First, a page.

James Hird and I have very few things in common but one similarity is that neither of us will be coaching Essendon next year.
The similarities end though, in that he will be paid for not doing that and I continue to receive no payment from the club whilst I maintain my distance from them.
I note that Essendon will post a loss for 2013, in part due to the $2M fine they received from the AFL. If they wanted to save money, I would have happily volunteered to not coach the club for a far smaller amount than Hird will receive for doing the same thing.
To call the latest instalment of this sorry saga a joke, a sham and a farce is to give it credit it doesn’t deserve.
The dealings behind the scenes put to shame any corporate wheeling and dealings I have seen or been associated with in corporate life and would earn the respect of unscrupulous car salesmen, real estate agents and politicians.
In an effort to make this ugly issue go away before the season’s showpiece, the AFL finals, the league administrators and Commission rushed through a deal that has come back and placed large teeth firmly in their behinds.
The AFL has effectively been outwitted by their employees, by the very people who are supposed to be subject to the rules of the Commission. Essendon, credit where it is due, have trumped their masters and done as they please. The threat of significant legal action against an organisation well known for wanting to do private deals in lieu of public and legal brawls, meant Essendon have done better out of this than they should have.
The fines are immaterial, as this money gets drip fed back to clubs in monthly instalments, so that is all window dressing and funny accounting. The Melbourne tanking fines are a clear indication that fines are meaningless.
The suspensions of Hird and Corcoran were headlines, but to be paid whilst not doing your job, (much as it must have severely irritated Hird to have any semblance of dirt on his cape) means nothing. Hird as recently as last night has been publically assured by his Chairman that he will return to coach the club in 2015, and there’s no way that Mark Thomson (fined but then in receipt of a salary increase) would stand in his way.
The AFL CEO, as is his want, belittles and ridicules anyone who says that he is not in possession of the facts, then quietly finds out he is wrong about Hird being paid. The compromise? A lump sum as a pre-Christmas gift?!
If this was a corporate situation, the Board will have been removed or at best, the CEO asked to step aside. Failing in your duty of care to the organisation or, worse, your employees, can get you jailed or barred from holding director positions in the business world. Better administrators than Demetriou have fallen far whilst still showing better displays of competence in their roles. As he starts what will surely be his yearlong farewell, his credibility and prospects for a significant leadership role post this one would have reduced I am sure.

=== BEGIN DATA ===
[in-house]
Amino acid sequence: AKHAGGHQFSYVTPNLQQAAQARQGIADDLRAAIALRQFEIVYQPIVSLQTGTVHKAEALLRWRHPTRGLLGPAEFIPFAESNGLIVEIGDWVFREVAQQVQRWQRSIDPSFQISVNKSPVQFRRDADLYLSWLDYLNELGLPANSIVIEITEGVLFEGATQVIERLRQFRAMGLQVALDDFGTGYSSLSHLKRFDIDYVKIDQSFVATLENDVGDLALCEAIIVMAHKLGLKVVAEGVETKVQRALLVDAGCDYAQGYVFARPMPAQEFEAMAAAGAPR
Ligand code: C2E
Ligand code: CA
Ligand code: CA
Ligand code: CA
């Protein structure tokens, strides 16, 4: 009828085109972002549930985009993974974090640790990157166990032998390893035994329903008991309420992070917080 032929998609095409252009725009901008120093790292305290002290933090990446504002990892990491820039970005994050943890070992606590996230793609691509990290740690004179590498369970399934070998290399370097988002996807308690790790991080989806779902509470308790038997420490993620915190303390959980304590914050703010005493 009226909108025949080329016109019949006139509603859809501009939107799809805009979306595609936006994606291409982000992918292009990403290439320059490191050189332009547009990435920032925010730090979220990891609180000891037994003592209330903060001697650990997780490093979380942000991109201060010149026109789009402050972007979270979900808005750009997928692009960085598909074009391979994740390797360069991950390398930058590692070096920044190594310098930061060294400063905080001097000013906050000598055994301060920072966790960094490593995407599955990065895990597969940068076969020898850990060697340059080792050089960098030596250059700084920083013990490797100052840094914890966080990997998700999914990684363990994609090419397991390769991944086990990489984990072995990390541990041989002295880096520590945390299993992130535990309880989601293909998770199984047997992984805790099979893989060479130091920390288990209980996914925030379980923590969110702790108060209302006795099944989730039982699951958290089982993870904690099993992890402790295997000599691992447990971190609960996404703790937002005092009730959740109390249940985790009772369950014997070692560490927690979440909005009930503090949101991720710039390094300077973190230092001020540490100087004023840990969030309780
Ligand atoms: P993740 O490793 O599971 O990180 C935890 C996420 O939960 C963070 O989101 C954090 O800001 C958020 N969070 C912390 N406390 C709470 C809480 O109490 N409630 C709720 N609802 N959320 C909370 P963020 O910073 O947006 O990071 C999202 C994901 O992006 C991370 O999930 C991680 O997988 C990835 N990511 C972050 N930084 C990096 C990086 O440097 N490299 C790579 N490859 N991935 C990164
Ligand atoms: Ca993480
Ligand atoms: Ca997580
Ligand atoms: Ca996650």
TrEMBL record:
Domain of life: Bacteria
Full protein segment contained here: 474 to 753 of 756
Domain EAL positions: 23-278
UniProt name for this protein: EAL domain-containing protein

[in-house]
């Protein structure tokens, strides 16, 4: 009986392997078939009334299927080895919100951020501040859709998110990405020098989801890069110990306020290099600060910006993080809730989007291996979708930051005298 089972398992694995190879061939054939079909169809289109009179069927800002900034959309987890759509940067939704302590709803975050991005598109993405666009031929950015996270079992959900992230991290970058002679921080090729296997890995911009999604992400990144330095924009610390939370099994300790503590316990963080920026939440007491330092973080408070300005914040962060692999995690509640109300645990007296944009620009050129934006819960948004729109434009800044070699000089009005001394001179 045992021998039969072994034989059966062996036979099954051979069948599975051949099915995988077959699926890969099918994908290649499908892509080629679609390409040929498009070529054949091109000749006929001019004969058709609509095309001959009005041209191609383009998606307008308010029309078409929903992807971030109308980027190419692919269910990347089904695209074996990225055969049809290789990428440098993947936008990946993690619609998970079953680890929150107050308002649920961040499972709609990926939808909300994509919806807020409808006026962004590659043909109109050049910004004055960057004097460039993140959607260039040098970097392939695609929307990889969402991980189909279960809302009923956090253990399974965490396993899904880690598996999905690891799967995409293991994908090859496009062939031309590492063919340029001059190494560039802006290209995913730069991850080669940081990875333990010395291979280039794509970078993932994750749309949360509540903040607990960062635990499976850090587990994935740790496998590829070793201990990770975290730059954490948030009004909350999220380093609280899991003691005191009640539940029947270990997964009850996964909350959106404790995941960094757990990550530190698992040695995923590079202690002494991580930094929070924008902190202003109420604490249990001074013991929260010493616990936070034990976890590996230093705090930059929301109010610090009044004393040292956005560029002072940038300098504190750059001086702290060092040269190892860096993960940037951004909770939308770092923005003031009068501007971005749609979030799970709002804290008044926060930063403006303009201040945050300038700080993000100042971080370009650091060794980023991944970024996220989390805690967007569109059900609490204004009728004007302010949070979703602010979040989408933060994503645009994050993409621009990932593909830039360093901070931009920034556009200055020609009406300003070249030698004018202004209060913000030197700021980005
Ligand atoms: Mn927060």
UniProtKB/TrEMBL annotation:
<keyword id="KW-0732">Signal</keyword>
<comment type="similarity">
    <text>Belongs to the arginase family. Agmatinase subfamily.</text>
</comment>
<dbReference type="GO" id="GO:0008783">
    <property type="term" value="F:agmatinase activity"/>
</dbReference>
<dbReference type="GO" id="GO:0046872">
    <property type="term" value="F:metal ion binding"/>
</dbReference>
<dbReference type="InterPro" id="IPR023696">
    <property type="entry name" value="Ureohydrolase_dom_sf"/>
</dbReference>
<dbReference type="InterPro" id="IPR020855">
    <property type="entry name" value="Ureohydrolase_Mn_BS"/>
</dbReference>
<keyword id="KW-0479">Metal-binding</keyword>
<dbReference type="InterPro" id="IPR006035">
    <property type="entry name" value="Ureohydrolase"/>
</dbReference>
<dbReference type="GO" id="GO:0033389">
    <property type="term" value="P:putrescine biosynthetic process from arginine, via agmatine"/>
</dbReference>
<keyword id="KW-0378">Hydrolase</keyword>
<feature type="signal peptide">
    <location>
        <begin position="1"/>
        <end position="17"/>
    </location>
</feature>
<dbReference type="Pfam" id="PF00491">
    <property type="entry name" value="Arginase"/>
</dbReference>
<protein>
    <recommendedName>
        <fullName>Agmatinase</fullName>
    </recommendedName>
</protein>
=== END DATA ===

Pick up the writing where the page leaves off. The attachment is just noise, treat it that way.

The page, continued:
What is out of the AFL’s hands is what the AFL always dreads. They don’t like things they can’t manage or influence. ASADA are on the horizon, and WADA don’t look in a mood to deal with the AFL the way the AFL is used to managing affairs that impact them. Already, the AFL has taken a knock with their suspension of St Kilda’s Saad being challenged by ASADA for its (supposed) leniency. This does not augur well for the Essendon players.
My estemmed colleague Craig Little posed a number of important and very good questions in the 2013 Footy Almanac regarding Stephen Dank.
What substances were the players given? And why don’t Essendon know? Simple questions that should have simple answers. These two are the cornerstones of the problem. To blame this lack of knowledge on the silence of a single man is simplistic and means there’s a chance the Switkowski report may have been light-on in its criticisms.
We don’t know what they took. We do know James Hird will get a full year’s salary whilst being barred from performing his role. We do know that Mark Thompson will take on a more senior role and salary in 2014. We do know that all action against Bruce Reid went away. We do know that Essendon will mount a vigorous defence of their termination of The Weapon. We do know Paul Little hates to lose.
In a bizarre way, you have to admire Essendon. They have fought for what they believe is right, showed breathtaking arrogance, outwitted the AFL in legal arguments and come out of this well. The asterix against their 2013 ladder position will eventually be like the one against Murali’s wickets.
When Essendon sacked Matthew Knights and appointed James Hird, they started the return of Essendon as the villain. Under Knights, the club was no longer feared and hated, more pitied and passed by. The Hird coup signified a closing of ranks, a refusal to care what others thought of them and a desire for an us-against-them attitude that had been so successful under Sheedy.
In the long run, the players will suffer. Livelihoods will be innocently lost, careers cut short, health possibly compromised.
The club however will blithely carry on. They have shown they don’t care, they have shown they will fight, but most of all, they have got away with it as a club, so far.
If it wasn’t so serious, it would be funny.